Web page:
?Inventory and technology will be key considerations when designing the site. Adequate space should be available for the computer, video equipment, and dispensing machine, as well as communication needs with the central pharmacy.
?Consider the unique environment?and skills needed?when hiring the central pharmacist and rural-working pharmacy technicians. Also, other personnel may be needed such as a courier for transport between the pharmacies and an accessible expert in information technology.
?Do not forget the patients and local physicians. Remember that rural patients and physicians will not be familiar with such an advanced system for providing pharmaceutical care and may require additional education and training.
Developing technology has made telepharmacy a promising alternative for providing access to pharmaceutical care in rural communities. Inherent in a unique system of providing services is the fact that many issues will have to be resolved first. A well-developed system, however, can be beneficial to both the potential patients of rural communities and the hospital or retail pharmacies that provide these services.
Dr. Sherman is an associate professor of pharmacy practice at the University of Louisiana at Monroe College of Pharmacy.
1. Angaran DM. Telemedicine and telepharmacy: current status and future implications. Am J Health Syst Pharm. 1999;56:1405-1426.
2. National Advisory Committee on Rural Health and Human Services. 2006 Report to the Secretary. Available at: http://ruralcommittee.hrsa.gov/nacpubs.htm. Accessed October 28, 2006.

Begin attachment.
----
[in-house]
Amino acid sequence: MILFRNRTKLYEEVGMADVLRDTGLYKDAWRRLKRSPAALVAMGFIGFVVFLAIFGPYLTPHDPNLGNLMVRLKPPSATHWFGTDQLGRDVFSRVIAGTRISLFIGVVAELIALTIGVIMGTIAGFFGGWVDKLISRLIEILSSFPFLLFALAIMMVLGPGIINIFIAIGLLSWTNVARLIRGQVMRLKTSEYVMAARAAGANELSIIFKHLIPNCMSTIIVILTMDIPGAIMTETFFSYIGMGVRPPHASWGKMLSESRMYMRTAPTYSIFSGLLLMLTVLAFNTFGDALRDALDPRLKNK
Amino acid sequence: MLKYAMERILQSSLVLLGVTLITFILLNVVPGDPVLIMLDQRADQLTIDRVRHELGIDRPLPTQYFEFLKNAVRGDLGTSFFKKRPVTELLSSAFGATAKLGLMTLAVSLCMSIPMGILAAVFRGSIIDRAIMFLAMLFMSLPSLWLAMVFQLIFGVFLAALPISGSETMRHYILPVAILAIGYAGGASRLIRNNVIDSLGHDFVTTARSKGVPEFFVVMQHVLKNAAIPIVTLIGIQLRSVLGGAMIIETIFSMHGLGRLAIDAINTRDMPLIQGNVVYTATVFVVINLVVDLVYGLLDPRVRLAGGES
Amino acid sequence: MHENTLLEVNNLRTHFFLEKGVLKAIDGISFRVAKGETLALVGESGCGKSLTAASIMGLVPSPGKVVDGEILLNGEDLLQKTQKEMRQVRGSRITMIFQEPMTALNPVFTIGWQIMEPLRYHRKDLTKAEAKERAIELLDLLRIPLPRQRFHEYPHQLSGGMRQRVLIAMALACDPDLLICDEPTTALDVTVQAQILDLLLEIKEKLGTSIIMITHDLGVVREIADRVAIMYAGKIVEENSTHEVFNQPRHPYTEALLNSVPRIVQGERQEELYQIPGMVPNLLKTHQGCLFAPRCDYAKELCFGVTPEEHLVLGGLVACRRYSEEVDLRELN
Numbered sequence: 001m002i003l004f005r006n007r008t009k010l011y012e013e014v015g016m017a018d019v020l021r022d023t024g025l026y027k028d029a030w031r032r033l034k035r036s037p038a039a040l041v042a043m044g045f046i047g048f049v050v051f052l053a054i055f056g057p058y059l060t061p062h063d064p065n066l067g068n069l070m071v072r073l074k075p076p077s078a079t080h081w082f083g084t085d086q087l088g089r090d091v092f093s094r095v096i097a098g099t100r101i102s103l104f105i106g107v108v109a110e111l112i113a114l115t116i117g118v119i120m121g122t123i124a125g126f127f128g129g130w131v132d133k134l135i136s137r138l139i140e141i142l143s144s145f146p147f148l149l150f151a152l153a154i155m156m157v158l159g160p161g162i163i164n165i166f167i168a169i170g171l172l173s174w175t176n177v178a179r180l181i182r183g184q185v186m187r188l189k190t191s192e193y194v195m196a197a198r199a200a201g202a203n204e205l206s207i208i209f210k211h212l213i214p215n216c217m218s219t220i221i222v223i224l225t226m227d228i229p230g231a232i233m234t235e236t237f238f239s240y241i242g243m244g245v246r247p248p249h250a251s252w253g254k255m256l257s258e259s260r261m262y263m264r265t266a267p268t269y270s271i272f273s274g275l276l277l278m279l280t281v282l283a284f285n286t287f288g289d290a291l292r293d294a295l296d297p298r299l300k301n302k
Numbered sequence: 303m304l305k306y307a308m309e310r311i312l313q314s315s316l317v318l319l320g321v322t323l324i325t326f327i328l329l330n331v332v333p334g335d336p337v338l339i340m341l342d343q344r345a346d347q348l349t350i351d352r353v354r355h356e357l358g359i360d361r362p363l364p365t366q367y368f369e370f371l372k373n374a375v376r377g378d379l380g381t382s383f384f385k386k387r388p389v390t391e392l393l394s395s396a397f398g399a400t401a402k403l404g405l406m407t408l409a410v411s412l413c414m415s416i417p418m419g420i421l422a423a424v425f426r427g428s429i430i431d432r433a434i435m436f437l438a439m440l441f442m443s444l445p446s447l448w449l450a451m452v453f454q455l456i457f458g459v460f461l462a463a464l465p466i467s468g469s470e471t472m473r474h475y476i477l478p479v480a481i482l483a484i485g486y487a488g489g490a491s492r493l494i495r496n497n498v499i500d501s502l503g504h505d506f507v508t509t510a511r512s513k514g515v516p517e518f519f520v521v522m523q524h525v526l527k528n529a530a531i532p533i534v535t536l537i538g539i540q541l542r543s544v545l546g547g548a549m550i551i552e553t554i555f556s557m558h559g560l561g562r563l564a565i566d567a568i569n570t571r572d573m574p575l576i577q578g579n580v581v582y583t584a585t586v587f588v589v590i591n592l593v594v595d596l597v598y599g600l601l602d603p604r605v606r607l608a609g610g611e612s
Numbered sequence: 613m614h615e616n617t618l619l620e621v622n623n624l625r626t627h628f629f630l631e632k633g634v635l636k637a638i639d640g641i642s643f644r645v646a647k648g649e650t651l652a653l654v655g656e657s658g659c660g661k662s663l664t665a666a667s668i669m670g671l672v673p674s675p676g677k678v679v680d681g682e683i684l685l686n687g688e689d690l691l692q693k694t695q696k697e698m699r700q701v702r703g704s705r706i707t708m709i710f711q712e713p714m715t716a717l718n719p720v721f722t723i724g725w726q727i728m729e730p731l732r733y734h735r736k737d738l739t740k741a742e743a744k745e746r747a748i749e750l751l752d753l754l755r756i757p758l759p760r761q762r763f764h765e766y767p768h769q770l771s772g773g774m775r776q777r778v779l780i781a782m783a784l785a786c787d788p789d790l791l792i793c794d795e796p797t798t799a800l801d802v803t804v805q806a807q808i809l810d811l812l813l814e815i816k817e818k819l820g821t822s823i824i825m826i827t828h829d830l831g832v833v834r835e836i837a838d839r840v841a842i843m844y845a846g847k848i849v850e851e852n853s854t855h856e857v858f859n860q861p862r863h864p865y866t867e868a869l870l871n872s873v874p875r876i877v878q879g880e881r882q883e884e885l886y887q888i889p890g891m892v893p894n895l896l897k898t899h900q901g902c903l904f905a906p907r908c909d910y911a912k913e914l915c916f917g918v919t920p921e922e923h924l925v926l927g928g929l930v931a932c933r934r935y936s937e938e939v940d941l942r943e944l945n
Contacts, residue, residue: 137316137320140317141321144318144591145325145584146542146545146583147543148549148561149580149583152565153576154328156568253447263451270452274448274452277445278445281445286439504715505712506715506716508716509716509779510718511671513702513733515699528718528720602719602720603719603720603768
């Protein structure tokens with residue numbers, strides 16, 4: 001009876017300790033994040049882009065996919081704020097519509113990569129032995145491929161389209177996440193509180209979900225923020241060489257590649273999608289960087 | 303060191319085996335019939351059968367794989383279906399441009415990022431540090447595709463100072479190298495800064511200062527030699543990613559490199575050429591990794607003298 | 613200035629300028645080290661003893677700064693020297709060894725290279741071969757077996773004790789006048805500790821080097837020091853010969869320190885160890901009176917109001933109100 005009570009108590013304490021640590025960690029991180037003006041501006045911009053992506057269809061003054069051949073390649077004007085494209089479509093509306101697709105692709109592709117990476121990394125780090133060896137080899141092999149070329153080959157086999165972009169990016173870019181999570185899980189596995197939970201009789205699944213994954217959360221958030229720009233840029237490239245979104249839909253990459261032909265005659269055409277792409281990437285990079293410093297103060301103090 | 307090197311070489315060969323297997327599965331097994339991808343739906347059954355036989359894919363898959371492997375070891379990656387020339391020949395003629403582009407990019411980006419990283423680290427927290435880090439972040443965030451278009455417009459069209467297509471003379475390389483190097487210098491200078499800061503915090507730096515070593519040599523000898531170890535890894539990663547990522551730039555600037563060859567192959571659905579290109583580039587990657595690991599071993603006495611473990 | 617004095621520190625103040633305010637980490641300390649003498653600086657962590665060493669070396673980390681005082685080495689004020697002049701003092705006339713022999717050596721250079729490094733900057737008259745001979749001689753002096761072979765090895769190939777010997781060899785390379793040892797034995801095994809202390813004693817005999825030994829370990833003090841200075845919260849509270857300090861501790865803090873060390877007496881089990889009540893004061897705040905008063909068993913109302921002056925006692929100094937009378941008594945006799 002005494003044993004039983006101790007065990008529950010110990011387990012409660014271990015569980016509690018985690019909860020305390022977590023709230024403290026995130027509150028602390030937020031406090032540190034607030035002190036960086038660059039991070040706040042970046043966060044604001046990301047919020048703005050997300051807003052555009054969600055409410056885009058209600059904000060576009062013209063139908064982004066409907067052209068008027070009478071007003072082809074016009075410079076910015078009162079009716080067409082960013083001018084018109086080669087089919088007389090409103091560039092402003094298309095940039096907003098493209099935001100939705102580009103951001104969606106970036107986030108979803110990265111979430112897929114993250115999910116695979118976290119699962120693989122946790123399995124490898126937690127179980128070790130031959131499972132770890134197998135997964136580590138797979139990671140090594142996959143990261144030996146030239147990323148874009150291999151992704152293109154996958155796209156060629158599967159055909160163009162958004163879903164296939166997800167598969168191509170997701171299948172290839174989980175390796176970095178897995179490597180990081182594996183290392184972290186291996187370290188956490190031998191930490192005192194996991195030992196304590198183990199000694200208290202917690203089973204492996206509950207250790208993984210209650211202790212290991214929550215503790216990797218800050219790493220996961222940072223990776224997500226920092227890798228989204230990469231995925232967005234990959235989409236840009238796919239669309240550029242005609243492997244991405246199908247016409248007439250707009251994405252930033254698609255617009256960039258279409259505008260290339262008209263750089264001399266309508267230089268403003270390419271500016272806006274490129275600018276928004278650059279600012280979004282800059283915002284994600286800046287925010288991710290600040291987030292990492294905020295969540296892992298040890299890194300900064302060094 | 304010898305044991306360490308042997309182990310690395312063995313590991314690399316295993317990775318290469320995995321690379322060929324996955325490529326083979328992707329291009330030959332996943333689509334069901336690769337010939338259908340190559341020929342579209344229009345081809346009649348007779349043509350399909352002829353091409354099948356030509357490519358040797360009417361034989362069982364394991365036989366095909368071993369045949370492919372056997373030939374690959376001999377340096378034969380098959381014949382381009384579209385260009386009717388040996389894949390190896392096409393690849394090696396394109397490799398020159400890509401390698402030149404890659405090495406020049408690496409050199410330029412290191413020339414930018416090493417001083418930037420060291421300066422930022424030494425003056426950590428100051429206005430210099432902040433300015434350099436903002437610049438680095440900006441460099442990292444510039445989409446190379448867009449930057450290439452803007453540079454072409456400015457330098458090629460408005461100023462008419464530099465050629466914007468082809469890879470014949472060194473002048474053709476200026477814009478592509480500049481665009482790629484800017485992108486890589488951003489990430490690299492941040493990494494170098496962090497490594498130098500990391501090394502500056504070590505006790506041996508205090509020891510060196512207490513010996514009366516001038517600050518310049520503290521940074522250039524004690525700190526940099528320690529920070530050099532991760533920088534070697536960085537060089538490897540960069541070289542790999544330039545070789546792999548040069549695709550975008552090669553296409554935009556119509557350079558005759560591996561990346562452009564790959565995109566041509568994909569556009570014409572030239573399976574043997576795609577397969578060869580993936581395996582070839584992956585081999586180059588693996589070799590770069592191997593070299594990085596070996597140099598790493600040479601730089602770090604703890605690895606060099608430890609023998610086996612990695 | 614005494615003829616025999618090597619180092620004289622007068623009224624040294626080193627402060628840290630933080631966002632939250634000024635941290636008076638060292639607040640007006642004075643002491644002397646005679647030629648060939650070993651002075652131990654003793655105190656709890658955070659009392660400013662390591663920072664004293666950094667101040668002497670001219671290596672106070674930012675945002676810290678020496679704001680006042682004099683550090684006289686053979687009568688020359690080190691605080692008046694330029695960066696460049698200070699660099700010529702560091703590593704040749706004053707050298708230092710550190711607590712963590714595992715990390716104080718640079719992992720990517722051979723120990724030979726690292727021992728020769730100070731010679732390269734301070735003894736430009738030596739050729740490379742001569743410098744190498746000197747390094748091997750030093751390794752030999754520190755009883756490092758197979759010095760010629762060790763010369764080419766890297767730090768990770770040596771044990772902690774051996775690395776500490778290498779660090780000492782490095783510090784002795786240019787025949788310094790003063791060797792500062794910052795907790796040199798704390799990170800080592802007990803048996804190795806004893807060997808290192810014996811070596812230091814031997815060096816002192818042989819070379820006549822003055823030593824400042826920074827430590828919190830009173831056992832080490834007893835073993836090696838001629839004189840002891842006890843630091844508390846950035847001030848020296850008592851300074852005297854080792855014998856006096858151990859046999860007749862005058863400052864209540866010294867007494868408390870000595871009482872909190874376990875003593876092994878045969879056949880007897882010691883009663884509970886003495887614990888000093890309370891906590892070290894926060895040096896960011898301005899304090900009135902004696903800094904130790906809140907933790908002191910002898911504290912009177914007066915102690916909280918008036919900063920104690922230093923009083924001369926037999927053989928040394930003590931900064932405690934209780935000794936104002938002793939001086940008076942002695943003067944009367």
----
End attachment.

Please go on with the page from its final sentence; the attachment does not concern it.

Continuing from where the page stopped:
3. North Dakota Telepharmacy Project. Telemedicine technical assistance documents: a guide to getting started in telemedicine. Chapter 10. Available at: http://telepharmacy.ndsu.nodak.edu/publications/TELEPHARMACY-TAD1.pdf. Accessed October 10, 2006.
4. Peterson CD, Anderson HC. The North Dakota telepharmacy project: restoring and retaining pharmacy services in rural communities. J Pharm Technol. 2004;20:28-39.
5. Retail Pharmacy Management. Telepharmacy making headway in remote states. Available at: www.retailpharmacymgmt.com/indexpub.cfm?pubid=10. Accessed October 26, 2006.
6. Clifton GD, Byer H, Heaton K, Haberman DJ, Gill H. Provision of pharmacy services to underserved populations via remote dispensing and two-way videoconferencing. Am J Health Syst Pharm. 2003;60:2577-2582.
7. Bynum A, Hopkins D, Thomas A, et al. The effect of telepharmacy counseling on metered-dose inhaler technique among adolescents with asthma in rural Arkansas. Telemed J E Health. 2001;7(3):207-217.
8. Gulliford SM, Schneider JK, Jorgenson JA. Using telemedicine technology for pharmaceutical services to ambulatory care patients. Am J Health Syst Pharm. 1998;55:1512-1515.
9. North Dakota Telepharmacy Project. Is a telepharmacy right for my community? Available at: http://telepharmacy.ndsu.nodak.edu/publications/communitymanual.htm. Accessed October 9, 2006.